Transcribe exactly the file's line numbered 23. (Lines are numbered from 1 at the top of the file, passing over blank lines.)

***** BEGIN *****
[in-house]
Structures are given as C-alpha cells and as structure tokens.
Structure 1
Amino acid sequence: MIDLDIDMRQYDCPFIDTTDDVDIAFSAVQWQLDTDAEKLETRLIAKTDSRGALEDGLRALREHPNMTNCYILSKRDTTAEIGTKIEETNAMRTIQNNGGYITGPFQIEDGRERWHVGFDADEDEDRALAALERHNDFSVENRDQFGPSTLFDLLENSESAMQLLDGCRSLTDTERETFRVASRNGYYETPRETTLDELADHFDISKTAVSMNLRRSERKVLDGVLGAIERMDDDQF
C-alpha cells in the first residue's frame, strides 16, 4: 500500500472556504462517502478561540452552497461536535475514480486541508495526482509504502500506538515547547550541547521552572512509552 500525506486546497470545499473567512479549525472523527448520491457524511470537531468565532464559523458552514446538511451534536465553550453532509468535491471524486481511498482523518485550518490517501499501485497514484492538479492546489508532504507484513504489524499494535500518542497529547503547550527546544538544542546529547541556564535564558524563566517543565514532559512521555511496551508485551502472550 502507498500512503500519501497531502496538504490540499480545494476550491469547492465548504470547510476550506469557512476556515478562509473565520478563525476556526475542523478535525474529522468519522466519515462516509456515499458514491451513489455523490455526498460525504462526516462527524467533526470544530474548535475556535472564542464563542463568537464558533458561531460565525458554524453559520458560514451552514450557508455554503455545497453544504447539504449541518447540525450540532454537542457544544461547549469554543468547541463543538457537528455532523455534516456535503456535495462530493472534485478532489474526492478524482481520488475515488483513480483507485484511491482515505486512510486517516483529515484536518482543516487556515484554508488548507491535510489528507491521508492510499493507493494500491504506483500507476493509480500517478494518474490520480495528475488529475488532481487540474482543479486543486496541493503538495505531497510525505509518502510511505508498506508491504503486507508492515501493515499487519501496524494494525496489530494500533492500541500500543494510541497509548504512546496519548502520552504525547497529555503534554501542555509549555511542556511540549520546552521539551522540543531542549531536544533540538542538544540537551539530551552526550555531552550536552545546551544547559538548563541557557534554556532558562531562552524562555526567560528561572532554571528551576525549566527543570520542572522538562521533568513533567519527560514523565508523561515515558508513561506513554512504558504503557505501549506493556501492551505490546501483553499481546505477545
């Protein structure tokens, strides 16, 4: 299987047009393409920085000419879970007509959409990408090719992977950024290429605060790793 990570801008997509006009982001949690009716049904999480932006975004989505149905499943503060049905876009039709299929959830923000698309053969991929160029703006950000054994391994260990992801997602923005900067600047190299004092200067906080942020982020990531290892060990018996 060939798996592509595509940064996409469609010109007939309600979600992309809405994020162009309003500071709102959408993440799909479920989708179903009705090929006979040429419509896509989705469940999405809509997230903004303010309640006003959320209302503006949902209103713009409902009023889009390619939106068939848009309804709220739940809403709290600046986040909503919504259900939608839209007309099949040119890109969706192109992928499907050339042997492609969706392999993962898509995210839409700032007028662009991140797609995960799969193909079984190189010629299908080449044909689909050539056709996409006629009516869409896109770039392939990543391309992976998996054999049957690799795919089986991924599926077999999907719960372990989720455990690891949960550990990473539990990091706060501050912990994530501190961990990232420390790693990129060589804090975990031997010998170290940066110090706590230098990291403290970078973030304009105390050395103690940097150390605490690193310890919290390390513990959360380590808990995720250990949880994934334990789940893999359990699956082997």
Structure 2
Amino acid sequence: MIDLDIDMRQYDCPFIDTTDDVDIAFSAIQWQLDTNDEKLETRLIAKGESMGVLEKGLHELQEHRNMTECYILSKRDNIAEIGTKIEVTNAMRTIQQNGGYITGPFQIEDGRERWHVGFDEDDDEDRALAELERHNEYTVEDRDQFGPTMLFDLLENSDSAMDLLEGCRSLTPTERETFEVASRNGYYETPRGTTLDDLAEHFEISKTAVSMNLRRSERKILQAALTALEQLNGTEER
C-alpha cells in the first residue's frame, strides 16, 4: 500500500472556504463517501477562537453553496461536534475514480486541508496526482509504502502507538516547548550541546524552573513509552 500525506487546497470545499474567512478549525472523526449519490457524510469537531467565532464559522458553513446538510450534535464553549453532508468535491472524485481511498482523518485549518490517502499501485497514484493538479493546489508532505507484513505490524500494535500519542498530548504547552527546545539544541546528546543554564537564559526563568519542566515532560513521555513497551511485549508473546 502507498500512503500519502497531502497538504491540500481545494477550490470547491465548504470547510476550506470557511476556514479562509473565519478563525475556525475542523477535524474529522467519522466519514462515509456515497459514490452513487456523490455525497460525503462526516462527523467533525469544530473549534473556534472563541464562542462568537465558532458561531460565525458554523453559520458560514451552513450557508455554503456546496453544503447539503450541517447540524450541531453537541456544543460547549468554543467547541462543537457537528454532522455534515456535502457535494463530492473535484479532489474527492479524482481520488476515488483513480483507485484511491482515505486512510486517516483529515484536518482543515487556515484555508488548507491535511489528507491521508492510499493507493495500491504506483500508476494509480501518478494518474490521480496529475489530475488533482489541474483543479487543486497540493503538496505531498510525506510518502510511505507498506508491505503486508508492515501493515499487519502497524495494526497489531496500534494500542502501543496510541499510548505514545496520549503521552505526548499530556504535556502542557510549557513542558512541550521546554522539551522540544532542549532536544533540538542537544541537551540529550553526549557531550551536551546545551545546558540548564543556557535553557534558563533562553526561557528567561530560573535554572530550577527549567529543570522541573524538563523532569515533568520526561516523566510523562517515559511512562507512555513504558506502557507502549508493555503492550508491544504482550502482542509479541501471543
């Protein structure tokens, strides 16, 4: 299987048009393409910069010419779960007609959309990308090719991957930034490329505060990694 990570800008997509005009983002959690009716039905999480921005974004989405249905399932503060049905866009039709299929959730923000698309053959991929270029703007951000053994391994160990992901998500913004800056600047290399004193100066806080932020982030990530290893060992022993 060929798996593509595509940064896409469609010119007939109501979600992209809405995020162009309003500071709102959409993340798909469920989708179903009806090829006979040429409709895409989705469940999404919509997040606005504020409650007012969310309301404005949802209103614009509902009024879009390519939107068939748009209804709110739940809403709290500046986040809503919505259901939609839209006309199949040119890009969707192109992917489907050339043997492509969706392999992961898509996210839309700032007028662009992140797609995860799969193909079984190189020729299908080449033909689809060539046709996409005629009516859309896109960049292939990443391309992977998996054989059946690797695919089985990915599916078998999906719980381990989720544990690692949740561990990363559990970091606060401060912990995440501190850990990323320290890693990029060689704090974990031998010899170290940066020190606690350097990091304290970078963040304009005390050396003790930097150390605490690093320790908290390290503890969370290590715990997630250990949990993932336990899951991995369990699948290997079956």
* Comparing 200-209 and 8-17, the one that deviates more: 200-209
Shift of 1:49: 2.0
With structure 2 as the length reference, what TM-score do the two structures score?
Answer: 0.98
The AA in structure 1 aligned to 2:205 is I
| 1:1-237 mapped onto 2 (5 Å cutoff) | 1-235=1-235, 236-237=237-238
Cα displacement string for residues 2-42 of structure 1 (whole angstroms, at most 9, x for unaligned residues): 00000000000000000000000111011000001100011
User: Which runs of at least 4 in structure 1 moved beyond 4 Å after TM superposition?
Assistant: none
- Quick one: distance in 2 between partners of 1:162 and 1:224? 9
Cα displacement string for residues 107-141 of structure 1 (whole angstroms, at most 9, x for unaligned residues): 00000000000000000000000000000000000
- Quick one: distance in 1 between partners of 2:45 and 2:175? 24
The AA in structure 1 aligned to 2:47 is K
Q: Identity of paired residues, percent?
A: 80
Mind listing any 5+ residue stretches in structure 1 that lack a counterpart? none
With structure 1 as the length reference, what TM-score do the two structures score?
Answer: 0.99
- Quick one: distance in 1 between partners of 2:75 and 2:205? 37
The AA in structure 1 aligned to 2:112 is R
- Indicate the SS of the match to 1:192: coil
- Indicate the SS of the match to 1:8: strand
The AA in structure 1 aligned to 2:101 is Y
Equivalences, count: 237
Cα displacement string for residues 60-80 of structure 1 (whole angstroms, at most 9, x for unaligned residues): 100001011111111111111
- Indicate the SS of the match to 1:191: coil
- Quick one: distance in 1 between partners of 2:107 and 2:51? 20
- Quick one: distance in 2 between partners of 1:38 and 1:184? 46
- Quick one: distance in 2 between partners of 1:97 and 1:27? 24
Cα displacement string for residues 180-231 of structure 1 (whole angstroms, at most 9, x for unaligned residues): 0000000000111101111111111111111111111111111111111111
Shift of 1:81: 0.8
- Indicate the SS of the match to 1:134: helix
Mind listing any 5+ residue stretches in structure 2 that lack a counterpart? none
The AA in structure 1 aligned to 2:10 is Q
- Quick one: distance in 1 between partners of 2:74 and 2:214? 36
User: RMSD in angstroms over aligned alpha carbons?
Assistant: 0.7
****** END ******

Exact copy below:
The AA in structure 1 aligned to 2:47 is K